Sometimes we forget that the people we remember as history's heroes were as human as we are. Looking back, we see their choices as wise and heroic, but from their own perspective they were often just scared and trying to stay alive. The early Texians fought Santa Anna because their livelihoods depended on freedom. After the Alamo fell and the Goliad captives were murdered, some headed
Pattillo "Bud" Higgins was born in Sabine Pass, Texas on December 5, 1863. He seemed to have a rough start almost from the very beginning. He quit school in fourth grade, and his father apprenticed him to a gunsmith--a dangerous trade, perhaps, for a boy with Bud's somewhat explosive temperament. Already he had a reputation as a troublemaker. He seemed especially fond of bullying
Dwight David Eisenhower, who would become a beloved World War II General (Five Stars) and the 34th President of the United States, was born in Denison, Texas on October 14, 1890. The third of seven boys, Dwight was the only one born in Texas. His father, an engineer and merchant in Hope, Kansas, moved his family to Texas after his business collapsed due to poor economic conditions. The
Audie Murphy was born June 20, 1925 in Kingston, Texas and grew up to be one of the most decorated American soldiers of World War II, earning every military combat award for valor available form the U.S. Army as well as awards for heroism from France and Belgium. When he was just 19 Audie single-handedly held off a full company of German soldiers for an hour at the Colmar Pocket in
"Tex" Ritter was born Woodward Maurice Ritter on January 12, 1905 in Murvaul, Texas. Texas born and Texas bred, he studied pre-law and majored in government, political science, and economics at the University of Texas in Austin, but that's not what he's known for. A country music enthusiast, Ritter entered show business when he got a chance to sing on Houston radio station KPRC in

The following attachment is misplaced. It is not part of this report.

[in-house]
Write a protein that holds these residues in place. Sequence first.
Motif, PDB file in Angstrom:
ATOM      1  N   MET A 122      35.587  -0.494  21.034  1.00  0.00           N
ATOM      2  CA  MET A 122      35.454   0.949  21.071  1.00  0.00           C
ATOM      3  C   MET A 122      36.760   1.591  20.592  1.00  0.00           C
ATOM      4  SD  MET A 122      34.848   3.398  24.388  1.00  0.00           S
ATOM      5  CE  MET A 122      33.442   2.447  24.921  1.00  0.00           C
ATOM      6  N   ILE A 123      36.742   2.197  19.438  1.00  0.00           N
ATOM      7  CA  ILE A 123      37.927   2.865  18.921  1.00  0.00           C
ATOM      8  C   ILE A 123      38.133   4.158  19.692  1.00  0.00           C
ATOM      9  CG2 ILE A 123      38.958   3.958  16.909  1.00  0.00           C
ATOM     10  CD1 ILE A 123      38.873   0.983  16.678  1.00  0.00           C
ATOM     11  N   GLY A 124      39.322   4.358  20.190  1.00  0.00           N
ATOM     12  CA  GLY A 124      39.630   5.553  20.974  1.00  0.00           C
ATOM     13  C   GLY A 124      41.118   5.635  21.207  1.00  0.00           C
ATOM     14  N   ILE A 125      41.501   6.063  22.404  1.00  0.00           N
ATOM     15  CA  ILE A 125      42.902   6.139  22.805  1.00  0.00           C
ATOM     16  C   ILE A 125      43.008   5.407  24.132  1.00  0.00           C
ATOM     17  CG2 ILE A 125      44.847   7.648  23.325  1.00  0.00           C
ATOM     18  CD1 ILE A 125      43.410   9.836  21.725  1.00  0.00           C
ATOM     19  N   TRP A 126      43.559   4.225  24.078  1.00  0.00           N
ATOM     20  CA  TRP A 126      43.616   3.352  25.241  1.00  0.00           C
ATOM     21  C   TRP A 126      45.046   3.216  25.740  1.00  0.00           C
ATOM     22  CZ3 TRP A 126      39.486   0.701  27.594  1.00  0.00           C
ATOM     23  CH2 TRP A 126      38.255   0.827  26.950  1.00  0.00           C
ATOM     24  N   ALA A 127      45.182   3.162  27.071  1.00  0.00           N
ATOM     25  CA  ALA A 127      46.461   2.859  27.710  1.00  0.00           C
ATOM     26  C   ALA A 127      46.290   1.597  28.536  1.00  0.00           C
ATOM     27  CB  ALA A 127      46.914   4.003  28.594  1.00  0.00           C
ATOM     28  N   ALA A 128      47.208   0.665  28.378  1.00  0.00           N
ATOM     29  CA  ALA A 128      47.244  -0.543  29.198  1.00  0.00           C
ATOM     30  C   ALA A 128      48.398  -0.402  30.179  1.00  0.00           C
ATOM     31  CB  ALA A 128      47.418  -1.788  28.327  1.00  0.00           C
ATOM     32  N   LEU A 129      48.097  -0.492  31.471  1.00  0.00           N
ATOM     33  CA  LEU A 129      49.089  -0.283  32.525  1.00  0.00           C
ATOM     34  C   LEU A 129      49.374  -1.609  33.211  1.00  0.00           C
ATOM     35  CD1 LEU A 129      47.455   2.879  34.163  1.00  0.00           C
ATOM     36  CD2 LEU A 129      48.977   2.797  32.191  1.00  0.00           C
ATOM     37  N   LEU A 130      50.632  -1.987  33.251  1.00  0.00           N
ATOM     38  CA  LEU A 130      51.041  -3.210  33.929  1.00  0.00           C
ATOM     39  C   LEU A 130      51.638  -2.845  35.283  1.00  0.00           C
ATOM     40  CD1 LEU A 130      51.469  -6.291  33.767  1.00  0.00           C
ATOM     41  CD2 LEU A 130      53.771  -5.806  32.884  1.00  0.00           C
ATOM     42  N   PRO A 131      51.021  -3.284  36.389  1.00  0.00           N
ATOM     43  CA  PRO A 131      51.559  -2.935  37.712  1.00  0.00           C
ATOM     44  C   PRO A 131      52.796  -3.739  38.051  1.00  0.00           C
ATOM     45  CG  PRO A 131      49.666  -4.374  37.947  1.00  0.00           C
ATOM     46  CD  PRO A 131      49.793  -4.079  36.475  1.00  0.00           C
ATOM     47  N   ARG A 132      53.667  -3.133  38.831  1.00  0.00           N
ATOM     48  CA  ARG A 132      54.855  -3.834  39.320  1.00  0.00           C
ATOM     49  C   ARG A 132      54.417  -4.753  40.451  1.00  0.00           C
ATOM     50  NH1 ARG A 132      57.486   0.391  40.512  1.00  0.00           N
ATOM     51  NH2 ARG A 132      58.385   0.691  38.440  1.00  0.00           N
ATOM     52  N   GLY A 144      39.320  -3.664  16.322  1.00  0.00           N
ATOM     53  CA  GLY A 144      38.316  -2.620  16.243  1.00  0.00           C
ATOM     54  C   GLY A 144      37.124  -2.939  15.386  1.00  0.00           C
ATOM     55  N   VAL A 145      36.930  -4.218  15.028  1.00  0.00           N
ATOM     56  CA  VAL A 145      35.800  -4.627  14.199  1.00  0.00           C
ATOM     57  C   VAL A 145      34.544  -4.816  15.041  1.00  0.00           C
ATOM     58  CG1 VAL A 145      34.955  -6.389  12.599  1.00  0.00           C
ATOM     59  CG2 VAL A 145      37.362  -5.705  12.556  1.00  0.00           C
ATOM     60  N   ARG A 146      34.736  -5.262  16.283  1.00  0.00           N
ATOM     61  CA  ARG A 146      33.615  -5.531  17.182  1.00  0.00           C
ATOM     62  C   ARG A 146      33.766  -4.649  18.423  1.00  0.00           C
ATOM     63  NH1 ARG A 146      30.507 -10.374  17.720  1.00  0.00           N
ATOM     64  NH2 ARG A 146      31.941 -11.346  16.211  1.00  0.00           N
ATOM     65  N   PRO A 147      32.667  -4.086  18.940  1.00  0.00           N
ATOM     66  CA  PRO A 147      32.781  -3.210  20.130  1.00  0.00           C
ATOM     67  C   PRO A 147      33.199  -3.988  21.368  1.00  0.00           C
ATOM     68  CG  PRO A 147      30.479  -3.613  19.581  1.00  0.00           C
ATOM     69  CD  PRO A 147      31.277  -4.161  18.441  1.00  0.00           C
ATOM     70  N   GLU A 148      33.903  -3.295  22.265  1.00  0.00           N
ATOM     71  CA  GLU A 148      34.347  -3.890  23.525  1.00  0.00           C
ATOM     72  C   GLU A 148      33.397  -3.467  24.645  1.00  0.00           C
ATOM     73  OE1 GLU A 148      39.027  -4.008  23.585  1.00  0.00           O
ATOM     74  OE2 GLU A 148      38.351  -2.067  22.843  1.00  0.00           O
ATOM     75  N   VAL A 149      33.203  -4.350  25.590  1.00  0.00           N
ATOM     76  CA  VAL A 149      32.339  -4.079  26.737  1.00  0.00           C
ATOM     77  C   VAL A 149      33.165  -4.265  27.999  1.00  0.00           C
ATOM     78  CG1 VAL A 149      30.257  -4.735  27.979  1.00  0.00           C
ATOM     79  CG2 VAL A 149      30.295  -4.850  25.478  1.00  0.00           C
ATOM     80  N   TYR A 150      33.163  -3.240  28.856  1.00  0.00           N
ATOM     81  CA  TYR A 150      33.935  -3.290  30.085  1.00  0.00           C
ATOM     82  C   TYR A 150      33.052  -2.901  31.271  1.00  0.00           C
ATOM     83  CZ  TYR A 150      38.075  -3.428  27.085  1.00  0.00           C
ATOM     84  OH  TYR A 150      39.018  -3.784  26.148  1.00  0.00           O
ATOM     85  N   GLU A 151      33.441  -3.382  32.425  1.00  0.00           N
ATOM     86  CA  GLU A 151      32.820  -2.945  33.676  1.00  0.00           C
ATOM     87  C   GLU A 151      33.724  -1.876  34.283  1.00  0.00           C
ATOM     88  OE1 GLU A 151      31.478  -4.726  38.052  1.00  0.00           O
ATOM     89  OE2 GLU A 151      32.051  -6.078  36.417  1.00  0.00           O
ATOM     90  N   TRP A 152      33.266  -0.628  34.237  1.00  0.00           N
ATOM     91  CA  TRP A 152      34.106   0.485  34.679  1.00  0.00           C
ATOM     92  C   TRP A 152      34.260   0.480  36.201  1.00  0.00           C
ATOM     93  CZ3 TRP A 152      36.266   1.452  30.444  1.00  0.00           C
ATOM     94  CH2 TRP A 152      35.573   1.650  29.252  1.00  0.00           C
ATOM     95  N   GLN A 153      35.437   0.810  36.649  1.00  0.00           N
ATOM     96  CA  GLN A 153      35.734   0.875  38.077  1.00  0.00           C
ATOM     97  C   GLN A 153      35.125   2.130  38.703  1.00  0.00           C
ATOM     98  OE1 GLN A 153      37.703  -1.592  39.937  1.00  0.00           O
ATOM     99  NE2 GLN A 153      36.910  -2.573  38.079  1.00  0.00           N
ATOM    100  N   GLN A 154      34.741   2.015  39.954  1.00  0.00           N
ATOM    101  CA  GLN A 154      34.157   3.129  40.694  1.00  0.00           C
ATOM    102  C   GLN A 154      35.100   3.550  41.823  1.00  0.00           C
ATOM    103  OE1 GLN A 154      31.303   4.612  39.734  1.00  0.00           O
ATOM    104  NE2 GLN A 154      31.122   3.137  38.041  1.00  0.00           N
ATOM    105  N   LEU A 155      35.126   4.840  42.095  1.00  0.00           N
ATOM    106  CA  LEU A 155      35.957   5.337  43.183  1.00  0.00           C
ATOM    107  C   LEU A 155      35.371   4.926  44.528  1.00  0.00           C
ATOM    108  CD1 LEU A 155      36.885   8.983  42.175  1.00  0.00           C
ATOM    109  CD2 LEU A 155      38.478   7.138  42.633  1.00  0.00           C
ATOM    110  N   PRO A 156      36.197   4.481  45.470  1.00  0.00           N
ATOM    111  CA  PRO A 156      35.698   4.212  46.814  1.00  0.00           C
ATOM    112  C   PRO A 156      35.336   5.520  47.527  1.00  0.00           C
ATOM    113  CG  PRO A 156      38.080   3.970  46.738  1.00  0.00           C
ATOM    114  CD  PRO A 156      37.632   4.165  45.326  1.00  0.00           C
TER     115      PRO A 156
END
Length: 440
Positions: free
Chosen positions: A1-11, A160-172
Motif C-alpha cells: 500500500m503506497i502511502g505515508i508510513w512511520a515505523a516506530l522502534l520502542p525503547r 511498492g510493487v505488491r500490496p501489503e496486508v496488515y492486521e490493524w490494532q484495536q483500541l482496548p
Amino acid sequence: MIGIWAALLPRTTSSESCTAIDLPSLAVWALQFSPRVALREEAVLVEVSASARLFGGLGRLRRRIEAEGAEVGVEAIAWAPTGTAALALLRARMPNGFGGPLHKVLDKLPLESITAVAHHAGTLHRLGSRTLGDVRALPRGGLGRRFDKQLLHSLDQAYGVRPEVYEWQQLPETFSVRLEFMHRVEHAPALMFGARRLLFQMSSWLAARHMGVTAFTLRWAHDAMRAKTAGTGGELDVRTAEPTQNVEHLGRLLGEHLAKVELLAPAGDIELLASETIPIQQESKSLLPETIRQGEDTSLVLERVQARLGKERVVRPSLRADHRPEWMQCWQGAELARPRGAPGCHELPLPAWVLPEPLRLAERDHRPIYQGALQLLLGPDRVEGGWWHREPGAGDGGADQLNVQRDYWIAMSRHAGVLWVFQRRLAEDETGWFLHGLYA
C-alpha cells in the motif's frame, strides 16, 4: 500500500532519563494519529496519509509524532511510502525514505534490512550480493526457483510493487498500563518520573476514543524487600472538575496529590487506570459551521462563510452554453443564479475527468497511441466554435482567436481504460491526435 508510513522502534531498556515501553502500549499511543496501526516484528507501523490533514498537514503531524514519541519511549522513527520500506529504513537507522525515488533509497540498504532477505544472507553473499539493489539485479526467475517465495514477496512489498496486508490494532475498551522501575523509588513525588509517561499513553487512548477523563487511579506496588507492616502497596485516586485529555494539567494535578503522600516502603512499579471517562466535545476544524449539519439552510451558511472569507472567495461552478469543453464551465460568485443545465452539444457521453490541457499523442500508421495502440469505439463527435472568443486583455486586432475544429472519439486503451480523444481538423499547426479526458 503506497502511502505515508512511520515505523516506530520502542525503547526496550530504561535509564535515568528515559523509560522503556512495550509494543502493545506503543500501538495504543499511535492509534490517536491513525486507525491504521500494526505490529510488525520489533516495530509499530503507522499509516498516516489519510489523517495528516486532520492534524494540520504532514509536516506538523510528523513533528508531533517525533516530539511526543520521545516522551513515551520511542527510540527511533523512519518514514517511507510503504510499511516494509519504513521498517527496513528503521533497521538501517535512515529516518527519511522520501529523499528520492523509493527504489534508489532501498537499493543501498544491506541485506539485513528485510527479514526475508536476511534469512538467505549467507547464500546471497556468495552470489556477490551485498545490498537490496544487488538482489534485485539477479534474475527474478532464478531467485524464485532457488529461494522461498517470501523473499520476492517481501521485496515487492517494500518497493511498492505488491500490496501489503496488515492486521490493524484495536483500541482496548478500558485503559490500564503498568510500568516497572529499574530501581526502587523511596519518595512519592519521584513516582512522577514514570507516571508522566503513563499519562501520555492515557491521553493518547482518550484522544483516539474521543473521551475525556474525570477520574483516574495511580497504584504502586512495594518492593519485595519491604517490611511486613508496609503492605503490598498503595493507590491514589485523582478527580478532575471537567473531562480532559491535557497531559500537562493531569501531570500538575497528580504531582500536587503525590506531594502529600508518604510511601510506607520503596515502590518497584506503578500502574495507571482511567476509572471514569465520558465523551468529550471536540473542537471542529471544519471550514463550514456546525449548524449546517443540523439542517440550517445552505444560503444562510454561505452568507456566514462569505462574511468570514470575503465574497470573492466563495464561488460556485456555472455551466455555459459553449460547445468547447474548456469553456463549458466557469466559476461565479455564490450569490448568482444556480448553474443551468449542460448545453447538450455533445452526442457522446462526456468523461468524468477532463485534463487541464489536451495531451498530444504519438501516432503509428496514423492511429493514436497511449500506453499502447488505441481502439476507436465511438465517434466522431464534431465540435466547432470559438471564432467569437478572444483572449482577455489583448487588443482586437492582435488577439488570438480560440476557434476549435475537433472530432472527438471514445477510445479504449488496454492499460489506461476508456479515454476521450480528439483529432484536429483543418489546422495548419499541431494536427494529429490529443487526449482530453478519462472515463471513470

Here are some holiday displays you won’t want to miss! November 25-December 31 A feature city in the annual Trail of Lights that reaches through the Pineywoods into northern Louisiana, the Wonderland of Lights in Marshall, Texas is the granddaddy of them all! Crowned with over 10 million lights, the display begins when Santa Clause arrives at 5:30 the night before Thanksgiving.
When Justo Liendo began growing cotton on his 67,000 acre Spanish land grant, it was one of Texas earliest plantations. Leonard Groce, one of the largest and most respected land owners in Texas, later built his home there in 1853, and Liendo Plantation became a social center as well, receiving and lavishly entertaining early Texas dignitaries and notorieties such as General and Mrs.
Near the Fannin Battleground State Historic Site is Presidio La Bahia, the Fort on the Bay, which was established in 1749 to protect the Mission Espiritu Santo. (Used with permission of the Texian Press) La Bahia, now a National Historic Landmark, is the only surviving Spanish Colonial mission/presidio complex in Texas. It has been rebuilt to look as it did in 1836 when Col. James
The Fannin Battleground State Historic Site is a memorial to the soldiers who fought the Battle of Coleto Creek during Texas War for Independence in 1836. After standing valiantly against Mexican forces under General Urrea, Col. James Fannin's men were without water and running short on ammunition. Fannin surrendered with the request that his men be treated honorably as
For ten years, from the signing of the Texas Declaration of Independence in 1836 until its annexation as the 28th sovereign member of the United States in 1846, the Republic of Texas stood proudly (if somewhat precariously) as a separate and unique nation. The Star of the Republic Museum was created by the Texas Legislature in 1969 to collect and preserve the culture of the Texas